I have to wonder: would people be saying the same horrible things about Amy Winehouse’s death if it hadn’t happened at the same time as the killings in Norway? Is it simply a matter of timing that has sparked such anger and caused people to cry about the injustice of news publications covering the death of a well-known musician?
Is this just another way for holier-than-thou types to let everyone know how much more clever and cultural they are than everyone else? Is the implication meant to be that those who express sadness over Amy Winehouse are too caught up in ‘celebrity scandal’ that they simply don’t know about other events, including those in Norway?
Have these people not realised that in the world we live in, at any given time there are any number of tragedies, deaths and injustices happening across the world? They may be right in asking why we should give so much attention to one, but wrong in saying which other should be more worthy of our attention.
Now, here we have it: ‘Pop culture is a disease.’ Is paying tribute to a talented musician, a drug addict, and most importantly, a human being, a symptom of this so-called disease? Let’s belittle the woman and those who care about her by reminding everyone that her death was not an ‘actual’ tragedy, but rather a silly pop culture news story.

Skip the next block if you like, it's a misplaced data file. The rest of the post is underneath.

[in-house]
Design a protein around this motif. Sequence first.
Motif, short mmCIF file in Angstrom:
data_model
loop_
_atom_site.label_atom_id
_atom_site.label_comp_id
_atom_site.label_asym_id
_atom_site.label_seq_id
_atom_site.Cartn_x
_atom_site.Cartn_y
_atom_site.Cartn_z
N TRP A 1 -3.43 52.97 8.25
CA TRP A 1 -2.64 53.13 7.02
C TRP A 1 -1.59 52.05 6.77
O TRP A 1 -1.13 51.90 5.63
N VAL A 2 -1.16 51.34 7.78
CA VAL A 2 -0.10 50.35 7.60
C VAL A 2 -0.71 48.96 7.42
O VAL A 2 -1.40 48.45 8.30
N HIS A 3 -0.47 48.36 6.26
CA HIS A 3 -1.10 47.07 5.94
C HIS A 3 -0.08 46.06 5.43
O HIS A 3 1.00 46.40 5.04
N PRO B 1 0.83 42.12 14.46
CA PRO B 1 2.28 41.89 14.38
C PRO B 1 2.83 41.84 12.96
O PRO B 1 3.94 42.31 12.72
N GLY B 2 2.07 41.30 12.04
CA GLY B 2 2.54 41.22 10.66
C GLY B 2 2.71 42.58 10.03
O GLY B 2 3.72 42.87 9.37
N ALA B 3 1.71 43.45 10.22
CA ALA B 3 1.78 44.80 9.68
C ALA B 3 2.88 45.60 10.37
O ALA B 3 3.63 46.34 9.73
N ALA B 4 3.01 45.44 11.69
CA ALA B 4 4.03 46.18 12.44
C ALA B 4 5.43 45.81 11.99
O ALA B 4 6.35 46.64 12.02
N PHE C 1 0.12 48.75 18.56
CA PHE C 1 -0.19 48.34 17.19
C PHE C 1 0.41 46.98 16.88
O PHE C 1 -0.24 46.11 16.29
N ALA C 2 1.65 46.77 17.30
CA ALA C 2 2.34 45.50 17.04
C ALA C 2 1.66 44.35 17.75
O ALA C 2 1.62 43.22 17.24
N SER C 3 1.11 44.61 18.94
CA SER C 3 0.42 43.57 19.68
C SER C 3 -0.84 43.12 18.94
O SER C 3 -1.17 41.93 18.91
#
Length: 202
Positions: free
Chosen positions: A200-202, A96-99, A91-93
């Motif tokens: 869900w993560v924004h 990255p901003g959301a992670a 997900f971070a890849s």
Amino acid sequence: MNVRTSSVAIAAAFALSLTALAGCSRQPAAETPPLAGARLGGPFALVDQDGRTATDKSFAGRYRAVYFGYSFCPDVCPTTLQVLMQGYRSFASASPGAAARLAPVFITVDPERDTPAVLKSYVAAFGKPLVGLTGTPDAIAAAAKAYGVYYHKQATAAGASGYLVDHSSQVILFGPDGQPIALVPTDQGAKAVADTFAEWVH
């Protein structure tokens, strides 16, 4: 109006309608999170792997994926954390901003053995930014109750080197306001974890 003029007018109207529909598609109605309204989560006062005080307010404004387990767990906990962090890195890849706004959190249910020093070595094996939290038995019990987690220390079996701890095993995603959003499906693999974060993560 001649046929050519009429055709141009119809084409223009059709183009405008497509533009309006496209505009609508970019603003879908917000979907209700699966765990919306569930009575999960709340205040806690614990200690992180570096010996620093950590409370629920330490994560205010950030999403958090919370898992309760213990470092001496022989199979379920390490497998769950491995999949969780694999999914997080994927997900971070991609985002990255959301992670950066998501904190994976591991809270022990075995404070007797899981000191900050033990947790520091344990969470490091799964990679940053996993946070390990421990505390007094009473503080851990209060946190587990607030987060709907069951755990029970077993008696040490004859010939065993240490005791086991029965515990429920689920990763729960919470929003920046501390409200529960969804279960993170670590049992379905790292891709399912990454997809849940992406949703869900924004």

And finally, someone speaks a bit of sense. You can think about, feel sad about, worry about, cry about, get angry about, write about and report about any number of things. By talking about one thing, you are not necessarily saying you don’t care about another thing. Also, this person had the sense to point out that there are things happening other than these two incidents.
Finally I’d like to point out that while Amy Winehouse was a drug addiction, addiction is not a ‘choice’. In saying that you have no respect or sympathy for addicts (paraphrasing a popular opinion on Twitter) you are showing yourself to be a very heartless, judgemental person. Would you be saying the same thing if your mother, father, family member, friend or lover was a drug addict? Is it easier to say that she brought it on herself and deserves no grief than accepting that we, as a society, watched the media circus of her addiction and troubles and have now seen her die from it?